It took a while before Laquon Treadwell could actually look at the video. It was just too painful on way too many levels.
It was Nov. 1, 2014 and Ole Miss, ranked No. 4 in the first College Football Playoff rankings, was hosting No. 3 Auburn. The Rebels had already beaten No. 1 Alabama in October but had lost to LSU the week before. The winner would stay alive for the playoffs. The loser would go home. It was a big-time, heavyweight game at Vaught-Hemingway Stadium and it did not disappoint.
Ole Miss trailed 35-31 with less than two minutes left but was driving for a potential winning score. Treadwell caught a pass near the Auburn 22-yard lne, weaved his way through the defense and appeared to be pulling defenders into the end zone. But at the one-yard line Treadwell was bent backwards by Auburn linebacker Kris Frost. Treadwell’s leg snapped, his ankle dislocated and the ball came out before it crossed the plane of the goal line. It was a gruesome sight.
Warning: This video is not for the squeamish:
Auburn recovered the loose ball and video replays confirmed that Treadwell did not score. Ole Miss not only lost the game and a possible shot at the playoffs, but Treadwell’s injuries were so serious that his future football career was in doubt.
“Horrible. Just horrible,” Ole Miss coach Hugh Freeze said when we talked earlier this spring. “It was one of the most devastating losses any of my teams have ever had. I didn’t know if we could come back from that one. We were so worried about Laquon.”
Laquon Treadwell and I talked on the phone recently and, by his count, he’s now watched the video “about 30 times.” He never thinks about the physical pain, which was considerable. He’s focused on the pain of what Ole Miss lost that night in Oxford. He always looks closely at the video to see if there is something else he could have done to get the ball into the end zone and give his team a chance to win the game.
“Each time I look at it (the video) I keep thinking that this time I’m going to score,” said Treadwell, who had 48 catches for 632 yards before the injury. “But I never do and we always lose the game. Maybe if I had run a little harder or lowered my shoulder a little more. Maybe I fall into the end zone instead of getting pulled down from behind. It’s just tough to watch.”
But Treadwell has decided that the best way to cope with such deeply-rooted pain is to get back onto the field in 2015 and to help his teammates pursue an SEC West championship. He’s not running at 100 percent just yet but he has come back quicker than a lot of people thought he would.
“He could have done a lot more in spring practice but we just decided not to risk it,” said Freeze. “All I can tell you is what the doctors tell me. They believe that he is going to be ready to go when we open summer camp in August.”
“Yeah, there is still some pain when I run but it’s not anything I can’t handle,” said Treadwell. “Each time out I get a little more confident. I’ll be ready.”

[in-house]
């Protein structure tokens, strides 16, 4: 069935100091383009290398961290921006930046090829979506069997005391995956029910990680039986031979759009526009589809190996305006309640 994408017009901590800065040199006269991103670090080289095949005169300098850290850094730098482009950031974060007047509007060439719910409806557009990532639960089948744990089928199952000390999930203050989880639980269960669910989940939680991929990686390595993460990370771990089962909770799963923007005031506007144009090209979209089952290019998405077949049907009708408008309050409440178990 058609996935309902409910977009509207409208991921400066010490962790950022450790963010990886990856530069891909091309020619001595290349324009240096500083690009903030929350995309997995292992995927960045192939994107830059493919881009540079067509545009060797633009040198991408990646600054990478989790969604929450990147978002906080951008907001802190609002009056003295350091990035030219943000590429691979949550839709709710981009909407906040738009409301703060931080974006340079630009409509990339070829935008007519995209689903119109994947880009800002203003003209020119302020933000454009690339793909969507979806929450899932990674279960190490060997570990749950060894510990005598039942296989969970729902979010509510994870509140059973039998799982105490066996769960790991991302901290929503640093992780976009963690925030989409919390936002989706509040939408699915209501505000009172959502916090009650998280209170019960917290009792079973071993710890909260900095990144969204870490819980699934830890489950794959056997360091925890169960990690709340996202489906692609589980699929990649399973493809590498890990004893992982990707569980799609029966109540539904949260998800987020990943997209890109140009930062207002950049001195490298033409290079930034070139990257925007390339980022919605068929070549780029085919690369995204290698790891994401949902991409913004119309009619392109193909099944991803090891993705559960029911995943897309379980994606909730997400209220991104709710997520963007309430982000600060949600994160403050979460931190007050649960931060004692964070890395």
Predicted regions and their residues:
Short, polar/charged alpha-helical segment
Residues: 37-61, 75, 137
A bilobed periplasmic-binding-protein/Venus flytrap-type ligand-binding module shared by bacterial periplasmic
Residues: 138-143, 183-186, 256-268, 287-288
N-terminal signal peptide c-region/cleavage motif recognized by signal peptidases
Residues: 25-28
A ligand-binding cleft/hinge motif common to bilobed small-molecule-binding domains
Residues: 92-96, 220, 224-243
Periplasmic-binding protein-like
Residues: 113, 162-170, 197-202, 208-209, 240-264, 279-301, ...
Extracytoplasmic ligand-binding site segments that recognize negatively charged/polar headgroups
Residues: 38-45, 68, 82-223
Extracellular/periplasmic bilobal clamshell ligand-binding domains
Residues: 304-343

Treadwell’s readiness is a big factor that will determine whether or not Ole Miss will be a contender in the SEC West as 58 lettermen and 16 starters (9 offense, 7 defense) return.
There are a bunch of future pros on this team. All of those great freshmen in that top five recruiting class of 2013 are now juniors. With players like Robert Neimdeche and C.J Johnson (24 career tackles for loss) returning, the Rebels could have the best and deepest defensive line in college football. Safety Tony Conner led the team with nine tackles for loss last season. He is big time.
On offense nine starters return but three pressing questions loom:
**–Can Treadwell get back to at least being close to his former speed and skill level?
**–Can left tackle Laremy Tunsil, who suffered a broken leg in the Peach Bowl loss to TCU, recover in time to start the season? Tunsil’s rehab is on schedule, said Freeze.
**–Who is going to replace Bo Wallace at quarterback? The candidates are JUCO transfer Chad Kelly, who played at Clemson before throwing for 3,906 yards at East Mississippi Community College, and sophomores DeVante Kincaid and Ryan Buchanan. All three played pretty well in the spring game.
Freeze says he doesn’t feel compelled to name a starter before the first game if the competition remains this close. That could be sorted out during the Rebels’ first two games with Tennessee-Martin and Fresno State, which are both at home. But he sure wants to have somebody in place by the time Ole Miss goes to Alabama on Sept. 19.
In just the third year under Freeze, Ole Miss won nine games, its highest victory total since Eli Manning’s senior season (10-3) in 2003. The 23-17 win over No. 1 Alabama was one of the biggest home victories in the history of the school. Despite losing three straight SEC games down the stretch, Ole Miss ended the regular season with a 31-17 win over arch rival Mississippi State, which was ranked No. 1 for three weeks and was No. 4 when the Rebels beat the Bulldogs in Oxford.
Ole Miss has gone from seven wins, to eight wins, and to nine wins in three years. Four of the nine victories last season were against teams with 10 or more wins. The Rebels were ranked as high as No. 4. In short, they appear to be right on schedule as Freeze begins his fourth season.
“I’ve always been a glass half full kind of guy,” said Freeze. “I thought it would take 3-4 recruiting classes to get the depth chart right and we’re on schedule there. We beat No. 1 Alabama and they have been the gold standard in our conference. We beat our rival in the Egg Bowl and that team was also No. 1.
“Our bottom line is that Ole Miss is again relevant. We had some down moments but we will take the positives and build on them. Some things have to fall into place but I think we’re going to have a quality team that is going to be a difficult win for other teams.”
UP NEXT: MISSISSIPPI STATE.